Shippensburg University in Cumberland County, Pa. (Image via Flickr Commons)
Pennsylvania’s horse racing industry says it’ll be left in the dust if Gov. Tom Wolf gets his way and lawmakers sign off on a plan to reroute $200 million in industry assistance to a scholarship program for students enrolled in the commonwealth’s 14 state-owned universities.
The Wolf administration says its second try at winning legislative authorization of its Nellie Bly scholarship program also will relieve some of the pressure the commonwealth is feeling from the ongoing “brain drain” crisis, and declining enrollment at state-system schools.
But opponents say the money now being funneled to the Pennsylvania Race Horse Development Trust Fund is needed to prop up Pennsylvania’s ailing horse racing industry, which is suffering from declining attendance and competition from casino gambling.
First created in 2004 when the state legalized slot machines, the trust fund has been the beneficiary of hundreds of millions of dollars in taxpayer support. Between 2017 and 2020, it received more than $651 million in assistance. And in the new budget year that starts July 1, it’s set to receive $239 million in aid.
According to the state Department of Agriculture, the fund “receives revenue generated by licensed gaming facilities. Proceeds are distributed to horsemen’s organizations for health and welfare programs, to support racing promotion, and are proposed to support the Nellie Bly Tuition Program.”
More than 15 years after its founding, Wolf administration officials say they are concerned the fund is being used more to prop up the state’s horse racing industry rather than just support it.
What Supporters are Saying
Named for Armstrong County investigative journalist Nellie Bly, the scholarship program will be available to in-state and out-of-state students, covering the full cost of tuition up to six years for full-time students. according to the Wolf administration.
Scholarship recipients will be expected to stay in the commonwealth for time equal to the number of years they received the funds. If they leave early, the grant turns into a loan with “reasonable interest” that recipients will be expected to repay.
About 25,000 low- to middle-income students are expected to benefit from the program. Administration officials said they anticipate the fund to be a recurring source of aid for students in need, prioritizing Pell Grant and PHEAA aid recipients first.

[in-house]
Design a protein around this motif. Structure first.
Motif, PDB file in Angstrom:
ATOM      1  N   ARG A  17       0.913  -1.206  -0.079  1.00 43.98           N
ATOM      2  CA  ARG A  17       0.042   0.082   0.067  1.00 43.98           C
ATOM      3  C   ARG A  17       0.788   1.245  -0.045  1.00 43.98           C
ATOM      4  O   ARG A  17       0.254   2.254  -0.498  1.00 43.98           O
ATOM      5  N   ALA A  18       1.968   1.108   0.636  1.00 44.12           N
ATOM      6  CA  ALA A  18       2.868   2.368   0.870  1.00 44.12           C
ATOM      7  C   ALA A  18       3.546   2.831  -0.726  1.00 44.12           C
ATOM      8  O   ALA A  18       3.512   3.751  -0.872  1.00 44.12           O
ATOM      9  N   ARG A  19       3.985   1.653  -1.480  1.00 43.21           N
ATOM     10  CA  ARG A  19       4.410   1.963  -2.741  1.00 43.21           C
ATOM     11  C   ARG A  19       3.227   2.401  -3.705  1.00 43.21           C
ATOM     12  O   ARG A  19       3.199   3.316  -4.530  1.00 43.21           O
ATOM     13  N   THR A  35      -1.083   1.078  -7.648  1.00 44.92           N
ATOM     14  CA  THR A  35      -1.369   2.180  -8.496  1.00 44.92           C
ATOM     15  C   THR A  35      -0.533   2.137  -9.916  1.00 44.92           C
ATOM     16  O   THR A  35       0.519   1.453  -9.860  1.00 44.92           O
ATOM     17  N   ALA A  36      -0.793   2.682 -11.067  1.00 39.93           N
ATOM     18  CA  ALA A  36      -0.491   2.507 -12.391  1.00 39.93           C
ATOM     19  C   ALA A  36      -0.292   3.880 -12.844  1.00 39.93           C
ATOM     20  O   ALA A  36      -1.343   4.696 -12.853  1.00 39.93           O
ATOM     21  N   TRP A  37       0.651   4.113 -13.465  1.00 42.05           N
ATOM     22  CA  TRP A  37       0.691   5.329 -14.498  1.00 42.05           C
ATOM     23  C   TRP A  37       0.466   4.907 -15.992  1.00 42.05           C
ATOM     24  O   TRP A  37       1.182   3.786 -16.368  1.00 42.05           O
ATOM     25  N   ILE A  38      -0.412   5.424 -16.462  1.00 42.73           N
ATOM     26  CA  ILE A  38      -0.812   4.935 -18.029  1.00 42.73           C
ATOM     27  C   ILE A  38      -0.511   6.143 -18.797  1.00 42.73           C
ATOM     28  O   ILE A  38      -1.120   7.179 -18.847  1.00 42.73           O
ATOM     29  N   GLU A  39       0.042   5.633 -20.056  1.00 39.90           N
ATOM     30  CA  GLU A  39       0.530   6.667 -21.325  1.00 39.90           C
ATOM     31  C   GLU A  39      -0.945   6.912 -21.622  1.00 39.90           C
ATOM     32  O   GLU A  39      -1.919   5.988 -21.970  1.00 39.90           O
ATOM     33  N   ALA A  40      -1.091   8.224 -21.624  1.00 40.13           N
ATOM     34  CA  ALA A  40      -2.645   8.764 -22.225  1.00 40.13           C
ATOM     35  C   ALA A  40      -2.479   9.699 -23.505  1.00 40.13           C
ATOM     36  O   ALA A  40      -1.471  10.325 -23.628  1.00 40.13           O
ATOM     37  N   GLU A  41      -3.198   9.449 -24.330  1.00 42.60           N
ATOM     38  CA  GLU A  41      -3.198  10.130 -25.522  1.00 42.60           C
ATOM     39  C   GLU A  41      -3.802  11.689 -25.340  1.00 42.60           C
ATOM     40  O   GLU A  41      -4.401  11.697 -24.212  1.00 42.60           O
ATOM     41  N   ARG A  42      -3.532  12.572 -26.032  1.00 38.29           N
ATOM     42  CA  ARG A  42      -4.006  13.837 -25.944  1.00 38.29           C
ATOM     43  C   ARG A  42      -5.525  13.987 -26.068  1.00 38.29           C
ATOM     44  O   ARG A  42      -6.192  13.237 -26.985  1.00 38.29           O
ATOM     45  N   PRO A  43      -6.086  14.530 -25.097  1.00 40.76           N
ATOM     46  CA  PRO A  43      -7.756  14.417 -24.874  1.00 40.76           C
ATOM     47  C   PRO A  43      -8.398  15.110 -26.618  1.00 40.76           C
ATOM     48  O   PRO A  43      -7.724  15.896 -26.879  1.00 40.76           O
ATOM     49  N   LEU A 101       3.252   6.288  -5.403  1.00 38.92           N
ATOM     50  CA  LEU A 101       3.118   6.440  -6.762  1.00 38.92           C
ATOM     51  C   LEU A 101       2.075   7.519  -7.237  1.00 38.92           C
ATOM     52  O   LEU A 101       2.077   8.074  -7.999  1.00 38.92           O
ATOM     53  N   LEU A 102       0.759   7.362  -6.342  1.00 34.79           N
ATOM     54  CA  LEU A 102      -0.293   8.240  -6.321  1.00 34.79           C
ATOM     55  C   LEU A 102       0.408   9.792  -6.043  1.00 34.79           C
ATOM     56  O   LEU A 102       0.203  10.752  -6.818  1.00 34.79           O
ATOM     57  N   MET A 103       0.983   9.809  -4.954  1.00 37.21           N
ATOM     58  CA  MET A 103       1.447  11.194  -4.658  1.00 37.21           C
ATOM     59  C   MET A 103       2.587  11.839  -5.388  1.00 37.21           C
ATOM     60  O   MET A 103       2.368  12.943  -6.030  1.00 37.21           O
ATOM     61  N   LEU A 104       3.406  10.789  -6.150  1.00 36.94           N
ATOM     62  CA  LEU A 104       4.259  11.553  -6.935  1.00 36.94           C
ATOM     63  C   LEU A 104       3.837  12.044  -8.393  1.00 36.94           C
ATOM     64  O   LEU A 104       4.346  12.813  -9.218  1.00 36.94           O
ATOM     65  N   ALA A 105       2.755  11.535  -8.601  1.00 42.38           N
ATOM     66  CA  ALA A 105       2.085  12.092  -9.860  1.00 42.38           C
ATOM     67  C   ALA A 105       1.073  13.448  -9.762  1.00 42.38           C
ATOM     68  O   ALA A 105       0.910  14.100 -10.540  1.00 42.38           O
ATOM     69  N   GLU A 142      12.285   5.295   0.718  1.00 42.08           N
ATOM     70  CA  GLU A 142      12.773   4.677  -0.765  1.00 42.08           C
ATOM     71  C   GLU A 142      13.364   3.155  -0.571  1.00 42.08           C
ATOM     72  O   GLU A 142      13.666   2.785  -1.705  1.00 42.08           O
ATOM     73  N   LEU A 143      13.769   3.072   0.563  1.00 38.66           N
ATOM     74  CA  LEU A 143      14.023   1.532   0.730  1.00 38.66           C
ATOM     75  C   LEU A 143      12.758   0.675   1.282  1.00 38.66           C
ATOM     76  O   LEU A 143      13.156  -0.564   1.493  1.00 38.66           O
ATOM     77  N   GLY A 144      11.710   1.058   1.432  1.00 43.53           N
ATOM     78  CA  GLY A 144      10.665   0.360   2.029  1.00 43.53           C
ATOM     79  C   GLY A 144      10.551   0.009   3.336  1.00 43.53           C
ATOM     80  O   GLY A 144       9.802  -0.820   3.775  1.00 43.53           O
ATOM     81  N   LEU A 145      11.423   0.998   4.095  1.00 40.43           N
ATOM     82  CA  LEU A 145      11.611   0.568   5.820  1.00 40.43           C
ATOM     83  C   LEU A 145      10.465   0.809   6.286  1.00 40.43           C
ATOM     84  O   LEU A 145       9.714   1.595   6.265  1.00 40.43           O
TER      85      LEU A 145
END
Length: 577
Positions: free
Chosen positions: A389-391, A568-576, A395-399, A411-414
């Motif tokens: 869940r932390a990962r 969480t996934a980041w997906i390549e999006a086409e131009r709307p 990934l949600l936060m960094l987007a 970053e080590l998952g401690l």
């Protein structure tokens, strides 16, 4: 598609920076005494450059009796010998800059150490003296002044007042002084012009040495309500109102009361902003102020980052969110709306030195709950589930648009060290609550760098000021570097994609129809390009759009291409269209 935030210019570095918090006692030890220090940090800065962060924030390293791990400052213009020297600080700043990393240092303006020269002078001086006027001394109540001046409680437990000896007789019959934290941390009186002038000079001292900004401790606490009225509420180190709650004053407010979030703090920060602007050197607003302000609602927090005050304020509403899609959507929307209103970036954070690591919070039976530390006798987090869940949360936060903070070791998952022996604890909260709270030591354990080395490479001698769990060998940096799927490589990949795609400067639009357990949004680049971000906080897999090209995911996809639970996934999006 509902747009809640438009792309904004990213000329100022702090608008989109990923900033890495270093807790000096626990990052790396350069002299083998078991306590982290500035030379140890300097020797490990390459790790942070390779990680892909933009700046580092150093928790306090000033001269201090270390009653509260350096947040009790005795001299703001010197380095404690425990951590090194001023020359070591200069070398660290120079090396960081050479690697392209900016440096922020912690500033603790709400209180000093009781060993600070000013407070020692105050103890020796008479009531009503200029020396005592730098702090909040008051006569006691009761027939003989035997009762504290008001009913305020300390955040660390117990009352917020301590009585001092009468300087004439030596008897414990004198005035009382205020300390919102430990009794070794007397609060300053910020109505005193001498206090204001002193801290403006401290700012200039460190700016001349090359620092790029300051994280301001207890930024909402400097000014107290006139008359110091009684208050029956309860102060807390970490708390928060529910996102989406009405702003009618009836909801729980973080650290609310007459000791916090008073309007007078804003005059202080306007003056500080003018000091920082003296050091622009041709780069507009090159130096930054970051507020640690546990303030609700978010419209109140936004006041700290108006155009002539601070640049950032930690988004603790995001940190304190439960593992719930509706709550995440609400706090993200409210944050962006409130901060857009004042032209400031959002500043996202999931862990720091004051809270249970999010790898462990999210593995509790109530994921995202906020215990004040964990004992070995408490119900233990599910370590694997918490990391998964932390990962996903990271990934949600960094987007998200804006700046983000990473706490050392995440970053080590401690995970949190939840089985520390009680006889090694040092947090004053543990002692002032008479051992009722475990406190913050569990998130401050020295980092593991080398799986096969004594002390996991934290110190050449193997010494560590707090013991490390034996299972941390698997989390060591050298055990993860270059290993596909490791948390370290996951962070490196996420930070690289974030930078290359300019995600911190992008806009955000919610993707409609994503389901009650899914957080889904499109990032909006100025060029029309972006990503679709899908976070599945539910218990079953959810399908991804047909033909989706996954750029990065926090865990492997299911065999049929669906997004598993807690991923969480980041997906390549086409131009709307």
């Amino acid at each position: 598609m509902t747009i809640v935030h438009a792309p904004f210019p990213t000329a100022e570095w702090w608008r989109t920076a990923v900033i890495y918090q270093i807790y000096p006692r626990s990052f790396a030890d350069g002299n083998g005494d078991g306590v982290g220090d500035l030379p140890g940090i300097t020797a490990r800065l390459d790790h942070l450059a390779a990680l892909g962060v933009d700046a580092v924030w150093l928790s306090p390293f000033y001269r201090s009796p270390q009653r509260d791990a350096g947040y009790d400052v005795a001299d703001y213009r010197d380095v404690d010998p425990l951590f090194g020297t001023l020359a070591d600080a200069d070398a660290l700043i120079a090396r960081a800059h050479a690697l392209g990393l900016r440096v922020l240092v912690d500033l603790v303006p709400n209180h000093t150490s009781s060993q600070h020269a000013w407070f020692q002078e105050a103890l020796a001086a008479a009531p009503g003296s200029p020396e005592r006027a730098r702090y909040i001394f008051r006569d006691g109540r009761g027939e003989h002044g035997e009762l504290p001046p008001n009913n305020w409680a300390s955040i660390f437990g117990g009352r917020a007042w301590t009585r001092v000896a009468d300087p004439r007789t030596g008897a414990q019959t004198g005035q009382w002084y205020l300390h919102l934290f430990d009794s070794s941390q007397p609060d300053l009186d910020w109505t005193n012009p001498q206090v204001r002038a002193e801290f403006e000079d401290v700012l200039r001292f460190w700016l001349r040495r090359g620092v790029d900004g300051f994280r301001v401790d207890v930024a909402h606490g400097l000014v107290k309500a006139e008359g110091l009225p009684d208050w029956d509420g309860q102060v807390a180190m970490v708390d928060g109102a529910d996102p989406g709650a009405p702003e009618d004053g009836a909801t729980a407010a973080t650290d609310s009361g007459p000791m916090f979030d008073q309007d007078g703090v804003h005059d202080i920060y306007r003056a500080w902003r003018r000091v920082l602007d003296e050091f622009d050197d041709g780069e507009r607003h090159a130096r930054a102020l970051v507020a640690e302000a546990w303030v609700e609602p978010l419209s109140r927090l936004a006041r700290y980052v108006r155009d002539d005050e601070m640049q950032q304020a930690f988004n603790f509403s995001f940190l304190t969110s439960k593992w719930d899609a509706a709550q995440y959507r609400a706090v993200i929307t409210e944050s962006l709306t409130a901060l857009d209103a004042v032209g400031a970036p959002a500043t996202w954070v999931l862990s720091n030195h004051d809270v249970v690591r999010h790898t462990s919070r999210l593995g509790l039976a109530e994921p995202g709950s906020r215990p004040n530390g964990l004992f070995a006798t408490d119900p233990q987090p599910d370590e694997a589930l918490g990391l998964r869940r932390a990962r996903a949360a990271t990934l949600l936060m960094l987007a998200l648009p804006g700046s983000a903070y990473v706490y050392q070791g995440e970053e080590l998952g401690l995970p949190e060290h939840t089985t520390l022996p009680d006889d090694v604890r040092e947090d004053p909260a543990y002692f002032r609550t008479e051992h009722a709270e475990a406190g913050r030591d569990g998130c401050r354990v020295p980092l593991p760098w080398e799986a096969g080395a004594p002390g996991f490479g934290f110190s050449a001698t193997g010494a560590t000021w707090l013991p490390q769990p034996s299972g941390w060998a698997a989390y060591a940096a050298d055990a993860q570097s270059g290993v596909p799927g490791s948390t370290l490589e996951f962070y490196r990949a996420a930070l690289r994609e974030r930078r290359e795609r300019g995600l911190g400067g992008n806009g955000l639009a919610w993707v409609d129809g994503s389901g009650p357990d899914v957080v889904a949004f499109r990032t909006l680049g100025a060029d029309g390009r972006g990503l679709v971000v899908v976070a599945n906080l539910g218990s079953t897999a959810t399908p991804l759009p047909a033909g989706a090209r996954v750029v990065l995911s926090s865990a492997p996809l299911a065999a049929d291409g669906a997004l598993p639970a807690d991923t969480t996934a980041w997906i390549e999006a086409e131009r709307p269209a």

Proponents of the scholarship program say it will keep young Pennsylvanians in the state longer through its eligibility requirements.
“Right now we are losing some of our best and brightest Pennsylvanians to other states,” Wolf said, calling the proposed scholarship “an investment.”
But the investment in education isn’t selling some.
What Opponents are Saying
In a February letter responding to Wolf’s proposal, the Pennsylvania Equine Coalition, a statewide organization that represents more than 10,000 owners, trainers, drivers, and breeders in Pennsylvania, called the redistribution a “raid,” adding that it would spell the end of the industry in the commonwealth
“Eliminating horse racing and breeding would have far-reaching negative impacts throughout the agriculture industry, Pennsylvania’s leading economic sector, as well as the broader state economy,” Pete Peterson, spokesperson for the Pennsylvania Equine Coalition said. “… Everyone recognizes that college debt and rising tuition rates are major problems, but you don’t fix one debt problem by putting an entire sector of the agriculture industry out of business and thousands of people out of work.”
The Wolf administration told the Capital-Star that while the majority of the Horse Racing Development Trust Fund would be pulled for the scholarship, the remaining $39 million would still go to support the fund.
Pennsylvania’s horse racing industry has seen a decline in spectators since state lawmakers authorized slot machines gambling. In 2018, the Philadelphia Inquirer reported that attendance at all six of Pennsylvania’s race tracks fell to approximately 580,000 spectators or about 650 people per race.